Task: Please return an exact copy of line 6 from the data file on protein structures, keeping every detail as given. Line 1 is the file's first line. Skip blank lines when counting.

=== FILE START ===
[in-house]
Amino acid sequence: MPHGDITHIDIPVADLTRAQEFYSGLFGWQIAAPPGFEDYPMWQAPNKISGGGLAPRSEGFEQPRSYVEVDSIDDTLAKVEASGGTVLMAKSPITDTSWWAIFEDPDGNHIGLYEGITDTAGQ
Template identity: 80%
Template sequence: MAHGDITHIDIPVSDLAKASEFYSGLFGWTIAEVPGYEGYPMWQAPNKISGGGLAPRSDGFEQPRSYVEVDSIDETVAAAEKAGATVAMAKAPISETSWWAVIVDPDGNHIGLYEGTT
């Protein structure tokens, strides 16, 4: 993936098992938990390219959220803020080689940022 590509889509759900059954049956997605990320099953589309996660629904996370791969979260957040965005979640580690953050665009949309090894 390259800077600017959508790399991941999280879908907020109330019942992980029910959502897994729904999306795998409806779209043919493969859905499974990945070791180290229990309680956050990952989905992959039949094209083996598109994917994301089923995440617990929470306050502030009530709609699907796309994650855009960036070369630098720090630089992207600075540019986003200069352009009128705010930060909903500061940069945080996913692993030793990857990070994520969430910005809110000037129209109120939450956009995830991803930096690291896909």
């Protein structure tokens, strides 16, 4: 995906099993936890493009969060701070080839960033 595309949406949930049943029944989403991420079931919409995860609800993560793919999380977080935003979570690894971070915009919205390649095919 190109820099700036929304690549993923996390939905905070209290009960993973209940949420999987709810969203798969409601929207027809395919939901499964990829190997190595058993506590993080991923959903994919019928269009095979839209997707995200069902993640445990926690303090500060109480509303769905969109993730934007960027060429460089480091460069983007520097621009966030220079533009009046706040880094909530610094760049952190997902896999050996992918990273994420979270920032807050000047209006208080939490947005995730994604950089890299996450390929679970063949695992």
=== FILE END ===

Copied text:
């Protein structure tokens, strides 16, 4: 995906099993936890493009969060701070080839960033 595309949406949930049943029944989403991420079931919409995860609800993560793919999380977080935003979570690894971070915009919205390649095919 190109820099700036929304690549993923996390939905905070209290009960993973209940949420999987709810969203798969409601929207027809395919939901499964990829190997190595058993506590993080991923959903994919019928269009095979839209997707995200069902993640445990926690303090500060109480509303769905969109993730934007960027060429460089480091460069983007520097621009966030220079533009009046706040880094909530610094760049952190997902896999050996992918990273994420979270920032807050000047209006208080939490947005995730994604950089890299996450390929679970063949695992």